Tuesday, April 9th, 2013
4-H funding unchanged from state
Legislators vow to support program
By Shelley Grieshop
Brandon Rose, 14, and his brother, Devon, 12, feed several swine in their rural. . .
CELINA - State funds for the coming year will remain flat for 4-H club programs and research in agriculture, food and the environment.
Ohio Sen. Keith Faber, R-Celina, on Monday told local officials that funding for fiscal year 2014-2015 for Ohio State University Extension's 4-H programs and the Ohio Agricultural Research and Development Center will total $55.3 million, according to Gov. John Kasich's budget proposal.
Legislators typically add more dollars to such programs before the budget is signed by the governor, Faber said.
"The House plans on increasing it, probably the Senate will, too," he said. "It shows the priority we have."
Both branches added money in 2012. No cuts are slated from last year's appropriations.
The OARDC, which alone will receive $33.1 million, focuses on topics such as water quality including phosphorus woes in waterways, nutrition, crop diseases and waste management.
Faber spoke during a legislative luncheon where several testimonials were given to convince Faber and fellow legislator Jim Buchy, R-Greenville, the need for continuous funding of 4-H programs. It wasn't a hard sell; both voiced support throughout the meeting.
Joe Rose, 79, of Coldwater, displayed a trophy he earned in 1951 as a 4-H club member and explained that his five children and 16 grandchildren are following in his footsteps.
"I taught them all ... I hope they'll do the same with the next generation," he said.
He spoke of several club members he taught as an adviser. Several hold prestigious careers today such as Dr. Greg Homan, a leadership and agricultural professor at Wright State University-Lake Campus, Celina, and Dr. Doug Weitzel, who performs cancer research at Duke University in North Carolina.
Rose's son, also named Joe, is a 4-H club committee member and Philothea Hustlers 4-H club adviser. He also shared his thoughts about the program.
"Education does not always happen just in our schools," he said, while glancing proudly at his own two sons, Brandon, 14, and Devon, 12, who displayed trophies they had earned for swine and woodworking projects.
The younger Rose, also of Coldwater, said 4-H provides more than 800 children in Mercer County with valuable life skills, a civic duty and a sense of personal responsibility. Those traits are highly sought out by business owners like himself, he added.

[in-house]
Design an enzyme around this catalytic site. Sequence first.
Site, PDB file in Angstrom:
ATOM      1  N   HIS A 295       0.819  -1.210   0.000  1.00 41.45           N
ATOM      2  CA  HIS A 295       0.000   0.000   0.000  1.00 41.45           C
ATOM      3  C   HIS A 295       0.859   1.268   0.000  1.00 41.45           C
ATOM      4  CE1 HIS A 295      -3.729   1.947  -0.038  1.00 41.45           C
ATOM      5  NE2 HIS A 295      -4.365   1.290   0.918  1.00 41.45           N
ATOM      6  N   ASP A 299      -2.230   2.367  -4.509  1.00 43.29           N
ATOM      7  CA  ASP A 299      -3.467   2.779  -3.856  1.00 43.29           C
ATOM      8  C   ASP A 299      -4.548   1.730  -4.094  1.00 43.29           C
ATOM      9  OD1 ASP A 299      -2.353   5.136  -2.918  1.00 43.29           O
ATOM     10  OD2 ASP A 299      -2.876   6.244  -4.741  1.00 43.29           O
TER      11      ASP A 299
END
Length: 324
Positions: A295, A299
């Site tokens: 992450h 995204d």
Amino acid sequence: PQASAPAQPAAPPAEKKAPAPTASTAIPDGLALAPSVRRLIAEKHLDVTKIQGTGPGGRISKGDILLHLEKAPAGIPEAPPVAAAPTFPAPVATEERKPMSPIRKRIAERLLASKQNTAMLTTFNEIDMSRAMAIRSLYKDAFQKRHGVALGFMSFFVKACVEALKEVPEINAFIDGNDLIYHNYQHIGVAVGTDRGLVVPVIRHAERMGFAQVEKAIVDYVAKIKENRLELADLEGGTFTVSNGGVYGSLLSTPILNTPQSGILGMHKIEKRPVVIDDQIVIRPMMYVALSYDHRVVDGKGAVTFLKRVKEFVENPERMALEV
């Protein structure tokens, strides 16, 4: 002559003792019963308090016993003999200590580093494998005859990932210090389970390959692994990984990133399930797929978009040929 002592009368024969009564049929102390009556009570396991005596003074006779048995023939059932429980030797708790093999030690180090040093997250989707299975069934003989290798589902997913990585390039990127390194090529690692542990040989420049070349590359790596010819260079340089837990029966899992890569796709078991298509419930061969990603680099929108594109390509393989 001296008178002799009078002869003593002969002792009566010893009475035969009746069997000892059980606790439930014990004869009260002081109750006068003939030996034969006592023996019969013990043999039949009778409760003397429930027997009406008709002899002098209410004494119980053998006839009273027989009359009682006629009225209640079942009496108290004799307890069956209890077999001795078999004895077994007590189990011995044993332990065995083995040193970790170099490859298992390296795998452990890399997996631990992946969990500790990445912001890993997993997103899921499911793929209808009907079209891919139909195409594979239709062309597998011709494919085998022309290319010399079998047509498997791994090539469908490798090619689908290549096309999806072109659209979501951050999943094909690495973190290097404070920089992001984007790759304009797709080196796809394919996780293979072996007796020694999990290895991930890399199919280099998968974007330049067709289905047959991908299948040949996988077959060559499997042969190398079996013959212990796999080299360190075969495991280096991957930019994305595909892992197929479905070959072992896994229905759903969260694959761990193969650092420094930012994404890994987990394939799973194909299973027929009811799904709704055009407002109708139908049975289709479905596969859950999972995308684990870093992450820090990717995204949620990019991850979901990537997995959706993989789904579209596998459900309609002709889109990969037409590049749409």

Faber pointed out that it costs the state and local government about 75 cents per person to pay a child's way through the 4-H program. However, it can cost more than $75,000 to send one child through the juvenile court system.
"4-H is a valuable investment," he added.
Faber stressed that state funding must be spent locally in areas like Mercer County where agriculture revenues top all other Ohio counties.
"We want to spend those dollars in our districts, not in Columbus," he said.
County commissioner Jerry Laffin said not long ago there were four full-time OSU Extension workers in Mercer County; funding cuts left the office with the equivalent of one and a half employees. He hopes to get funds for one more to help strengthen the 4-H program.
"The extension is very important but 4-H is our top priority," Laffin said. "I've always said I will not cut out (the) soil and water (agency) or 4-H as long as I'm commissioner. I've got four more years."
Other county leaders, juvenile court staff, 4-H advisers and OSU Extension agents and officials from neighboring counties spoke about their 4-H club experiences and how it's helped them fuel enthusiasm in today's youth.
Buchy - one of only a few people in the room who did not participate in 4-H as a child - said 4-H programs need to be available to inner city children.
"We've started a 4-H pilot project in Cleveland and Cincinnati," he said. "We want those kids to have the opportunities that you have here."
Keith Smith, the state's associate vice president and director of OSU Extension, said 250,000 children across the state are in 4-H programs. Program volunteers save taxpayers about $50 million, he said. Smith said 4-H is near and dear to his heart. All eight of his children participated.
"It just gives them that good start," he said.